How to Calculate Your Training Heart Rate Zones

When working out, the intensity of your exercise will determine your fitness level. As a beginner, there’s a level of effort you should begin with. As you progress and depending on your fitness goals (for weight loss or strength training), you can increase the intensity of your training. But, how do you know if you’re putting the correct level of effort in all your sessions? How do you know if you’re training too hard?

Hear Rate Zones

In every training program, cardiovascular fitness is vital to make sure that you’re not pushing too hard or too little. Heart rate zones are a measure of how hard you’re training. By knowing your target heart rate zone, you’ll be able to reap more benefits when running or performing any other cardiovascular activity.

And not only that. You’ll also know when to recover and the duration of your recovery. To determine your target heart rate, you’ll take a percentage (between 50 to 85 percent) of your maximum heart rate in beats per minute (bpm).

Know your Maximum Heart Rate

Your maximum heart rate (MHR) is the fastest rate at which your heart will beat, measured per minute. The MHR varies from one person to another – it reduces with age. For a long time, most people were using the traditional formula of 220 minus age. However, there were flaws, one of them being that it didn’t reflect the changes in heart rate as one aged. After long research, scientists came up with a formula to calculate your MHR:

  • Maximum Heart Rate Formula = 206.9 – (0.62 x your age) Important facts to know about MHR:
  1. Altitude lowers your MHR
  2. Your MHR changes with age and varies with gender
  3. Genes determine your MHR

Determine Your Resting Heart Rate (RHR)

This is best achieved when you first wake up in the morning. To do this, place two fingertips on your wrist or carotid (the neck area, next to your larynx) and take your pulse for one minute. For consistency, repeat this for three consecutive mornings. Add those three readings and divide them by three. This will give you your average RHR.

Calculate Your Target Heart Rate

Using the above results, you can now calculate your target heart rate using this formula:

  • [(Maximum Heart Rate – Resting Heart Rate) x %Intensity] + Resting Heart Rate Let’s take the example of a 40-year-old man. His MHR will be 206.9 – (0.62 x 40) = 182.1 bpm. Now, assuming that the RHR is 72, then the target heart rate will be:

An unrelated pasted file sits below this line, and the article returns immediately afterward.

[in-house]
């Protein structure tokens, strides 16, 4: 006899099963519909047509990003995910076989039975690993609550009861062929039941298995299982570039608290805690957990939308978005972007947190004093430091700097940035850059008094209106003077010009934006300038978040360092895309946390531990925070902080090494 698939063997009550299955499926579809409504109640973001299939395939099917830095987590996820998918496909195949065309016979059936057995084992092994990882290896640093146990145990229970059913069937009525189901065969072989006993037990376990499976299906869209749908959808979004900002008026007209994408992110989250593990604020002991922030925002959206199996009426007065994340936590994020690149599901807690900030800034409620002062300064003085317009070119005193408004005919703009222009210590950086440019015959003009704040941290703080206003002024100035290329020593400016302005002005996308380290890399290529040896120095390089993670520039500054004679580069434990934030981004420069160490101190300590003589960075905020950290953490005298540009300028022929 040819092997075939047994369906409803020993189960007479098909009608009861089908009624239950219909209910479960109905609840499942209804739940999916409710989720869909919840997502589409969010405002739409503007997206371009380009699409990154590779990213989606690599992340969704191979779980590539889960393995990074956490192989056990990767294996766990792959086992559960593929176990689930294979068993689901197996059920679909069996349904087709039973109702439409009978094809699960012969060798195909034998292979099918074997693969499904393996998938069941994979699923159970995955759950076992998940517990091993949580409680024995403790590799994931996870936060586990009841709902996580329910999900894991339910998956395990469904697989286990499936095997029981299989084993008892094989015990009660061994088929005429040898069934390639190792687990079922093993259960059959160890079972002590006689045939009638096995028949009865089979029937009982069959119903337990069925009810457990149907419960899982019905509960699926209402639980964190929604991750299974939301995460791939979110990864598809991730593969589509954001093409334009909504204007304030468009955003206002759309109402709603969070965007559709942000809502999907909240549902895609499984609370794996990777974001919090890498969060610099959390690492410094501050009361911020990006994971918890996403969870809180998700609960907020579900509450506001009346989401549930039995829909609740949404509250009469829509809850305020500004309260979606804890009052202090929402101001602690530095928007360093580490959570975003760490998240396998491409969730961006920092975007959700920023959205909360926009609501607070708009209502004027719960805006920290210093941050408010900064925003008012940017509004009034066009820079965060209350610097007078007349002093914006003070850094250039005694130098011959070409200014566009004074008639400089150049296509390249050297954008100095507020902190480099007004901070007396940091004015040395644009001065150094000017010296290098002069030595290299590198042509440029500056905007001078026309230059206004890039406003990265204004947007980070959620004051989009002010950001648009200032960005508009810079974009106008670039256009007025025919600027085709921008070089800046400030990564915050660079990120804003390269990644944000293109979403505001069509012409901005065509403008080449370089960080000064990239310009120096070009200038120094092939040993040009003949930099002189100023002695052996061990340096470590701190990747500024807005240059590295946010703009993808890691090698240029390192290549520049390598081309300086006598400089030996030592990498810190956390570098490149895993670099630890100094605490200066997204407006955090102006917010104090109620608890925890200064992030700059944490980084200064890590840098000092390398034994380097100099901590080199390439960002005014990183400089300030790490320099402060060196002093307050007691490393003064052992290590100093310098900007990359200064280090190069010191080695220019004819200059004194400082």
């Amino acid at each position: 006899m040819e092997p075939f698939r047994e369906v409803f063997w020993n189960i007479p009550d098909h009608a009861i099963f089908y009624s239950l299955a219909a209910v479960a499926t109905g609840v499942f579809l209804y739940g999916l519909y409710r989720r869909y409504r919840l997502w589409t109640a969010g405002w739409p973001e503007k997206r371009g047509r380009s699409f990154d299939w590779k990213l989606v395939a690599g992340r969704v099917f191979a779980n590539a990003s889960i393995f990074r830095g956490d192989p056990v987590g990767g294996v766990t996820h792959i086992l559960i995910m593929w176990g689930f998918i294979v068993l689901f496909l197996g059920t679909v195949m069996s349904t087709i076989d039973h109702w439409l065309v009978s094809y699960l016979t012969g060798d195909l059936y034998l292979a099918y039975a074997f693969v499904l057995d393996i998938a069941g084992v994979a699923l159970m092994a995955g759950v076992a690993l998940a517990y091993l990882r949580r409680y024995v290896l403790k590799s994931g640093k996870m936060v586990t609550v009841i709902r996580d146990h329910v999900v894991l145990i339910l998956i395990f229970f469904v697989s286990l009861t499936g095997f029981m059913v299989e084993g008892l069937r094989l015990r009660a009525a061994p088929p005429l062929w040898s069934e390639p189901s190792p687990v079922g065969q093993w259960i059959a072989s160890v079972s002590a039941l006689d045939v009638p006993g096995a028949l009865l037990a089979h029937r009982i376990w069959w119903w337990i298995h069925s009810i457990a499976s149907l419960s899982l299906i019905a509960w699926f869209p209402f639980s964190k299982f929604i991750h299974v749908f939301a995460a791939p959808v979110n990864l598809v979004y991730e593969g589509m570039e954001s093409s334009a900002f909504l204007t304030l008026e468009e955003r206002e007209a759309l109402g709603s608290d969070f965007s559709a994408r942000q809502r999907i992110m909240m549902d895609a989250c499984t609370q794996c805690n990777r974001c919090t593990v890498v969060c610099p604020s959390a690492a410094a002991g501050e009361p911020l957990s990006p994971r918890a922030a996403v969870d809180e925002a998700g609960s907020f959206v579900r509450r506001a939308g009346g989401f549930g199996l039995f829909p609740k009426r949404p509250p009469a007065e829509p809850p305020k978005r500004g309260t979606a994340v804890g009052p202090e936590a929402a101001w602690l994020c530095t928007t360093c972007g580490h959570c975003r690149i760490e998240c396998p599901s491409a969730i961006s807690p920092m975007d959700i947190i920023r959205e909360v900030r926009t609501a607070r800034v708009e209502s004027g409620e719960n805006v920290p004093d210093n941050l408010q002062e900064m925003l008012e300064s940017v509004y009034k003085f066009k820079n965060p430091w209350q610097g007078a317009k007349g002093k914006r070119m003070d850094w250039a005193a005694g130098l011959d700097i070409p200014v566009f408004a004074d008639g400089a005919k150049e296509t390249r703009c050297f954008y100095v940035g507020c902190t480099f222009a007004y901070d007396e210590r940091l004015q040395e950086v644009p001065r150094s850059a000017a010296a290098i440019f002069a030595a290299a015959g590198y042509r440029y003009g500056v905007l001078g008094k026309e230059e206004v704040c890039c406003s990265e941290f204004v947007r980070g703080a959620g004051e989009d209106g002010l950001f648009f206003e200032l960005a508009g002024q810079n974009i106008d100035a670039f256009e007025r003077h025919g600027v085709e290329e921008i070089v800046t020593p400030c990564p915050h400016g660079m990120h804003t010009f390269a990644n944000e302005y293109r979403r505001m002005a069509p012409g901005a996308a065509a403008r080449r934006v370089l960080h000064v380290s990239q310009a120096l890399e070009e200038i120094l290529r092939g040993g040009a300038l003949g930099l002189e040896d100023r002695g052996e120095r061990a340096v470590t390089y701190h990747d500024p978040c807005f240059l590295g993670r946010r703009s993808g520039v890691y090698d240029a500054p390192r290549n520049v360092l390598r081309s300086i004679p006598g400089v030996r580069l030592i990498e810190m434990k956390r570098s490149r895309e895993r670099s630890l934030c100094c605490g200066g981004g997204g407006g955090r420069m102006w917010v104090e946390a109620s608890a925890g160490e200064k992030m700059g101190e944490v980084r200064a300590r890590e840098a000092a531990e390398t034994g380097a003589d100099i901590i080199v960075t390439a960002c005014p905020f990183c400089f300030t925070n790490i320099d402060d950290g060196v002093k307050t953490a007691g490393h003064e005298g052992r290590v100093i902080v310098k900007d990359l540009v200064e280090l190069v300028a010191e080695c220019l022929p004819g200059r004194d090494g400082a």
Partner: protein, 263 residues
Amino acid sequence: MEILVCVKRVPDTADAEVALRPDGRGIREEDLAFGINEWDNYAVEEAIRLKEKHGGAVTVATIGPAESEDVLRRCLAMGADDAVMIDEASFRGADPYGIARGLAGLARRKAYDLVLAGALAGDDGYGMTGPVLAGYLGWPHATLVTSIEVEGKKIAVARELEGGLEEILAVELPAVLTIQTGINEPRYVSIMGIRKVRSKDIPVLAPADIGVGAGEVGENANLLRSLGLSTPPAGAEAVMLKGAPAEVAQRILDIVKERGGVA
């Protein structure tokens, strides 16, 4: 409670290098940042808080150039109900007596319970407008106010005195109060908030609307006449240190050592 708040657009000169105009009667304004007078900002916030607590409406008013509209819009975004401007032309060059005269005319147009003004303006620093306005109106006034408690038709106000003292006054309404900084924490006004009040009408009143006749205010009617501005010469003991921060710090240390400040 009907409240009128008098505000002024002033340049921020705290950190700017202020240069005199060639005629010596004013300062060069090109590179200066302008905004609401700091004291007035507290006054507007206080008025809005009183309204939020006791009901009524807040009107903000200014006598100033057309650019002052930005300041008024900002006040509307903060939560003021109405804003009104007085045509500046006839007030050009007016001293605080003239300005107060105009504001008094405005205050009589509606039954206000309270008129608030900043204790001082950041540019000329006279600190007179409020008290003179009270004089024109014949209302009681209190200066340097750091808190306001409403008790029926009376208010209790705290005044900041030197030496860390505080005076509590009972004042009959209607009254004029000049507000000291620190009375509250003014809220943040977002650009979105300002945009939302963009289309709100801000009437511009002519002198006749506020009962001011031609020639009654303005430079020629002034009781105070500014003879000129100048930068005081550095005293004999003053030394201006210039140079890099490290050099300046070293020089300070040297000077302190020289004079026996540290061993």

• At 50 percent target heart rate – [(182.1 – 72) x 0.50] + 72 = 127 bpm
  • At 85 percent target heart rate – [(182.1 – 72) x 0.85] + 72 = 165 bpm As you can see, the target heart rate zone falls between 127 bpm to 165.5 bpm.

How Do I Know My Training Heart Rate Zone?

Using a heart-rate monitor is the best way to measure your heart rate while running or training. They come in various shapes and designs but chest strap heart-rate monitoring devices are the most accurate. However, you could also use a wrist heart-rate monitor. The device will alert you when you reach your target heart rate zone, when you are above it, and when you’re below it. You can check how well you stayed within your heart zone via a fitness phone app.

Types of Heart Rate Zones

Generally, there are five different types of heart rate zones and are counted as 1 – 5. You can schedule your workouts to fit one of the five zones. Here’s a breakdown of what each zone implies and the benefits of training within a particular heart rate zone.

Heart Rate Zone 1: 50 – 60 Percent (Very light) The lowest of all zones, this zone is a comfortable effort used for warmups or cool downs. You should do low-intensity workouts that allow to easily have control over your heart rate, such as walking.

Heart Rate Zone 2: 60 – 70 Percent (Light) Training at this heart rate zone feels light and you should be able to endure longer training periods. It’s an ideal zone to build your endurance, burn fat and increase your muscular fitness.

Heart Rate Zone 3: 70 – 80 Percent (Moderate) This is for the more sporadic exerciser. It improves blood circulation in your heart and around your skeletal structures. It’s a moderate intensity zone that you’ll feel comfortable breathing and it also improves your efficiency.

Heart Rate Zone 4: 80 – 90 Percent (Hard) This is where things start getting tough. You’ll be breathing hard and can only manage a few words at a time. This intensity improves your speed endurance and your body becomes more efficient in converting carbohydrates into energy to make up for the high lactic acid levels running in your bloodstream.

Heart Rate Zone 5: 90 – 100 Percent (Maximum) This is the highest you can go. Your heart, respiratory system, and blood will be working at their maximum capacity and you can’t endure long periods at this intensity. This zone is for those who have been training for a while and professional athletes.

How to Use Your Heart Rate Zones for Maximum Benefits

Don’t stick to one zone during your training. Your workouts will be more beneficial if you mix all the fixe heart rate zones in your routine. The trick is to start slow and monitor your progress. Soon, you’ll know how much you can handle and when to increase or decrease your intensity.

All images by Pixabay


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